Timol inquest: The high stakes judgement that could change history
After 46 years, Ahmed Timol’s family will sit in the Pretoria high court and listen today, with great anticipation, as presiding Judge Billy Mothle delivers his findings. It will be an emotionally charged moment, but more than that, Mothle will have the power to turn the pages of history so that deceit may be unravelled and truth might finally prevail.
That is, of course, if the judge agrees with the arguments the Timol family and their witnesses have made in court.
The apartheid Security Branch police testified in the first Timol inquest in 1972 that the 29-year-old had jumped to his death from the 10th floor of John Vorster Square (now known as Johannesburg police station) on October 27 1971. They said it was a suicide.
Timol’s family has spent the past four decades building a case to prove that the security police tortured him and killed him for his anti-apartheid activities as a member of the ANC and the South African Communist Party (SACP). They argue he was murdered.
There have been three former Security Branch policemen who have have raised concerns of dishonesty in their testimony during the inquest. Seth Sons and Neville Els claimed they did not know of any torture or assault during their time at John Vorster Square.
Joao Rodrigues, a former Security Branch clerk and the man who was allegedly alone in Room 1026 with Timol in his final moments, stuck to the story he gave in 1972 that Timol plunged to his death. However, evidence from expert pathologists Shakeera Holland and Steve Naidoo said the young activist was likely too weak or in a coma before his body fell.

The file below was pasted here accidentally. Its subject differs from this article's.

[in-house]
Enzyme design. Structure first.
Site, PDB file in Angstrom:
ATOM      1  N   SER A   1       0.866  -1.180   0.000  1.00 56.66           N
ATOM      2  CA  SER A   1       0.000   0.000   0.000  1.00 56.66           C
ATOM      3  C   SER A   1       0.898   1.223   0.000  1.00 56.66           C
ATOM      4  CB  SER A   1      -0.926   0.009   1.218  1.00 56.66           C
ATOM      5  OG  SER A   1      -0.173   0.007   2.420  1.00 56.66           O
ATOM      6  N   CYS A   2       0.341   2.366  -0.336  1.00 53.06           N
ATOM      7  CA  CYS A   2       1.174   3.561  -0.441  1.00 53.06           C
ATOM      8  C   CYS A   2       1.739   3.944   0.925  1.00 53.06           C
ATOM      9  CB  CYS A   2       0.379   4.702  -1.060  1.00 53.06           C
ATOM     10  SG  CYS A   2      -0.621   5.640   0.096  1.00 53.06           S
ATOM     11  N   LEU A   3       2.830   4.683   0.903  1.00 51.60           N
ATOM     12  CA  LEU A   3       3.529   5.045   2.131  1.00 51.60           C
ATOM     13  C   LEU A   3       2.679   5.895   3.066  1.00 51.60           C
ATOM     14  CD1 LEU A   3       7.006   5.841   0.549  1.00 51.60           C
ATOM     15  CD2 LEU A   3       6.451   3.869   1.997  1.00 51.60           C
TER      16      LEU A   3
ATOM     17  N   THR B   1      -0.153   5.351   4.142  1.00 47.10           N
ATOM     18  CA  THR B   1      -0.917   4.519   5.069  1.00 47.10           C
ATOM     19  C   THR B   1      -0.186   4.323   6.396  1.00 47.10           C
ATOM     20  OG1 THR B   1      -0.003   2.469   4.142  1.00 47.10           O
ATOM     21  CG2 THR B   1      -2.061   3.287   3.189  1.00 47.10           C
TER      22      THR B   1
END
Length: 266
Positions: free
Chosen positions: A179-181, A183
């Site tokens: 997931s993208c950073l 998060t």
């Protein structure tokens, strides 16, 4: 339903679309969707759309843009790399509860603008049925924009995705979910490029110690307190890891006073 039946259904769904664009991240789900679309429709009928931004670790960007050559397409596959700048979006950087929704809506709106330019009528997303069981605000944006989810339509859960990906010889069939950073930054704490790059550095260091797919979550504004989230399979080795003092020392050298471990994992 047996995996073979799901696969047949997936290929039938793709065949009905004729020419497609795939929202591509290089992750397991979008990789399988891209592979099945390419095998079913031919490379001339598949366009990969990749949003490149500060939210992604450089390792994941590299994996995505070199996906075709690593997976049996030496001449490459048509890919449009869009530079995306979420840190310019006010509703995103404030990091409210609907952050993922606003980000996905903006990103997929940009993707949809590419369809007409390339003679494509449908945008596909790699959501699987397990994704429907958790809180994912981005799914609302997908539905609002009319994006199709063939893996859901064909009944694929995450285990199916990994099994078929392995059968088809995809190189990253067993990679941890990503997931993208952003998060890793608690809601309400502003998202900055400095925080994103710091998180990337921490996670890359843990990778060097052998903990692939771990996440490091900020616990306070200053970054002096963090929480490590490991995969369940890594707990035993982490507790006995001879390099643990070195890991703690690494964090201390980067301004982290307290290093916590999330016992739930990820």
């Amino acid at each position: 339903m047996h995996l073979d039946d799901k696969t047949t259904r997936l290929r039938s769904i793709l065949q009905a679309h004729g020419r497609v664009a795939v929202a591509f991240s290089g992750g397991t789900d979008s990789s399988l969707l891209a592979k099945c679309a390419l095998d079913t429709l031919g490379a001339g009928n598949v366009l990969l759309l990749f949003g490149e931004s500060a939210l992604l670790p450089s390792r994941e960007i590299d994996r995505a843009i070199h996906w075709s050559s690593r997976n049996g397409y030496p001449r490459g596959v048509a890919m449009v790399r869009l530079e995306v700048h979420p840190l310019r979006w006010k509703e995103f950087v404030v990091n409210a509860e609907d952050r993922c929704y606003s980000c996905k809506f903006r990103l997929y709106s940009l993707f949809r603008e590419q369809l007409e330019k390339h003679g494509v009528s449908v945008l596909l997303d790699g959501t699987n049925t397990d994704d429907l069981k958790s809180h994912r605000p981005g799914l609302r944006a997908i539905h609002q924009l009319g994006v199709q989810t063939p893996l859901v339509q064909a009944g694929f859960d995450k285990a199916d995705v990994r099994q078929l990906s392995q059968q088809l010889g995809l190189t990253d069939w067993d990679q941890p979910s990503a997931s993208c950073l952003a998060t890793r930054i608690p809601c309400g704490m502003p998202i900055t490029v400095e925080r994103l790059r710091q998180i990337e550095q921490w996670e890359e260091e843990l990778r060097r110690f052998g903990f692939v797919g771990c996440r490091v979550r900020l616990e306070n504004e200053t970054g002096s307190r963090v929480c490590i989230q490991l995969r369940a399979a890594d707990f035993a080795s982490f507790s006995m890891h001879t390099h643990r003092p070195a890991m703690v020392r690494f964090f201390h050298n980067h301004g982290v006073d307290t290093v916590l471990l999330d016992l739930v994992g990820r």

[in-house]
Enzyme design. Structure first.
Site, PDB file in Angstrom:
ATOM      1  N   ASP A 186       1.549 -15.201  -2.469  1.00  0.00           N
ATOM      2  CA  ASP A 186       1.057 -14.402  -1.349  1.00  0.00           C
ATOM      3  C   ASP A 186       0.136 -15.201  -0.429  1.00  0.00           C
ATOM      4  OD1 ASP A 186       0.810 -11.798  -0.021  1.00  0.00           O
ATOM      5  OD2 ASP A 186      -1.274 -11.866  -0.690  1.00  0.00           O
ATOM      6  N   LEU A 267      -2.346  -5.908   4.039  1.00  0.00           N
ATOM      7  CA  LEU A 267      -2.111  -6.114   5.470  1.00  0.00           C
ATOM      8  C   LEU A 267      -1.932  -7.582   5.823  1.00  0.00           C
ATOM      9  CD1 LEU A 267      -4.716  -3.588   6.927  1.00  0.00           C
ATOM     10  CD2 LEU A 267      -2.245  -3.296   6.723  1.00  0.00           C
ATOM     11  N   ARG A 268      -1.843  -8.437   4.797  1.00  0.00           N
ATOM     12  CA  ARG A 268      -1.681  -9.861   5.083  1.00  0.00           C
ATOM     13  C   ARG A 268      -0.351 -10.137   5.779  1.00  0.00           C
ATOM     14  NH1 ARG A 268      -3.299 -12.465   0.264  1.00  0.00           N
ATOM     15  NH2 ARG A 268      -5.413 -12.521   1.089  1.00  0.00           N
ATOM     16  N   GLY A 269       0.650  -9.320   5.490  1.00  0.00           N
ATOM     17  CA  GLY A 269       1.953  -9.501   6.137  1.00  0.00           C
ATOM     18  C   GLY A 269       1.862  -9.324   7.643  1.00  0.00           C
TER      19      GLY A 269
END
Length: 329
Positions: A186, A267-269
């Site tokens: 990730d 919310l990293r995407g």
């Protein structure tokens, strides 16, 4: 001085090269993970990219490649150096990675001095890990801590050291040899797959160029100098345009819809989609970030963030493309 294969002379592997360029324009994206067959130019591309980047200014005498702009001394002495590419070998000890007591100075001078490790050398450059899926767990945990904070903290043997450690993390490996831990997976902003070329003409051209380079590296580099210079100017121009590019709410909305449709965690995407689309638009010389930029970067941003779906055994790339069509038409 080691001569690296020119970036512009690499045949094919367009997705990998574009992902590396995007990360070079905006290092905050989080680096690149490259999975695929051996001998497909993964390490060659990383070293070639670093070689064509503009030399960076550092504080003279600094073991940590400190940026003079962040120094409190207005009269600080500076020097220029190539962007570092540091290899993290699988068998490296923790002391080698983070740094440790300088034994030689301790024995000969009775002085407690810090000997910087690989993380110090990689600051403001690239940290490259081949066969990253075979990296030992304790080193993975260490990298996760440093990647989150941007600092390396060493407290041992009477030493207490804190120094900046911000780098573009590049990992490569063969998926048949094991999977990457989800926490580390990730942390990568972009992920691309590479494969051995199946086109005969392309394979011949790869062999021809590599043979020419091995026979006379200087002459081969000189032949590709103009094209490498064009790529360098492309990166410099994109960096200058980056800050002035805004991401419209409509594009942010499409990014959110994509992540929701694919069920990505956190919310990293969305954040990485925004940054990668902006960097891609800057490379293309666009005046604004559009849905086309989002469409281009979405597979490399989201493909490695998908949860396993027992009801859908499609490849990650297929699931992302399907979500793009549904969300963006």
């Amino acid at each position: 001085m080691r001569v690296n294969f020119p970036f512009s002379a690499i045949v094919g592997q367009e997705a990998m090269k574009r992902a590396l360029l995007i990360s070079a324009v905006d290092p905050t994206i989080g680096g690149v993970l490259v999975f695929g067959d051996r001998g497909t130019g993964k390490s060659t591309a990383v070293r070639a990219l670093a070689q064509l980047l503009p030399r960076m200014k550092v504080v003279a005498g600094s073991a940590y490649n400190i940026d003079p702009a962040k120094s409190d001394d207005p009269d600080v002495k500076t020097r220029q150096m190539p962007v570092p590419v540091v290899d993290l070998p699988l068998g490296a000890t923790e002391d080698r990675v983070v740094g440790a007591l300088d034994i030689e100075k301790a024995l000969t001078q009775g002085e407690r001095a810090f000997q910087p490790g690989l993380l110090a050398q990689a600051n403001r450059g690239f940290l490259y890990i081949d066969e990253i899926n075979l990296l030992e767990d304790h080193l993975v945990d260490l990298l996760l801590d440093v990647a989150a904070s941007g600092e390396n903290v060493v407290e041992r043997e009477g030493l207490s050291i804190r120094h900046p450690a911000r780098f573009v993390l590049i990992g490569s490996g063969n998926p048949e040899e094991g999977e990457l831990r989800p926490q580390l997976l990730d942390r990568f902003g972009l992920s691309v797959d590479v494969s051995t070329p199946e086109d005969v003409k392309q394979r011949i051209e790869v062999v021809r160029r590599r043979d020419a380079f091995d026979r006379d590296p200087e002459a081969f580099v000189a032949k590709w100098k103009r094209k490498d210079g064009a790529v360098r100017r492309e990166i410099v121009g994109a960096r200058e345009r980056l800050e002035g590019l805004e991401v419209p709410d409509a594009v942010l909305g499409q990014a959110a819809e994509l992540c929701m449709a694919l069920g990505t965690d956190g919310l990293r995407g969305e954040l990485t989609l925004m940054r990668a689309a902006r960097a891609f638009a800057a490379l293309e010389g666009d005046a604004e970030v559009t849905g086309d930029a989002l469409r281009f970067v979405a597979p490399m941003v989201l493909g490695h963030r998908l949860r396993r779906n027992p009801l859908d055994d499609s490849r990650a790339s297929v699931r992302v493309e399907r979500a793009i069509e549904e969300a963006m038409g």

On the day of final arguments in the reopened Timol inquest, Mothle made it clear what his requirements are in terms of the Inquest Act: he will have to determine the circumstances surrounding Timol’s death and if there is anyone who can be held responsible for the young activist’s final moments.
Advocate Howard Varney, representing the Timol family, has asked the judge to make the following findings:
1. That Rodrigues be charged with murder and accessory to murder after the fact for covering-up the truth of Timol’s death
2. that Sons, Els, and Rodrigues be charged with perjury for giving dishonest testimony under oath at the inquest
There have also been recommendations made by Imtiaz Cajee, Timol’s nephew, that a structure honouring anti-apartheid activists who died in detention should be erected at the Johannesburg police station.
But in order to make his judgement, Mothle will have to decide what evidence he considers reliable and what evidence he finds untrustworthy.
If he were to accept Rodrigues’ version of events, Mothle noted on the final day of arguments, he will have to reject the evidence from the forensic pathologists and vice versa.
Advocate Stephanus Coetzee, representing the former security police, said that the evidence from the pathologists was “speculative” because the two did not study the injuries on Timol’s body. They relied on the pathology reports from 1971, he argued.
Mothle said in court that he believed Rodrigues to be an unreliable witness. Coetzee responded that Rodrigues was aware of his options when he came to court.
“And he chose to lie,” Mothle replied.
Coetzee conceded in court that he could not deny that Timol had been assaulted while he was in custody. It was the first moment that a representative for the former security police admitted that Timol was harmed in detention - the first inquest denied any claim of torture against Timol. Mothle commented that with regard to assault and torture, he would not speculate in his judgement, because the evidence “is clear”.
If the judge agrees with Varney’s requests, then all eyes will be on the National Prosecuting Authority (NPA) as they will be responsible for prosecuting the former security cops. If Mothle’s judgement is that there should be no prosecution, then perhaps there will be public outrage, because public support for the Timol family has swelled in these past months.
Mothle will read his judgement in the Pretoria high court at 10am this morning.The Timol family have said they will respond to the judgement in a press conference 30 minutes after it is delivered.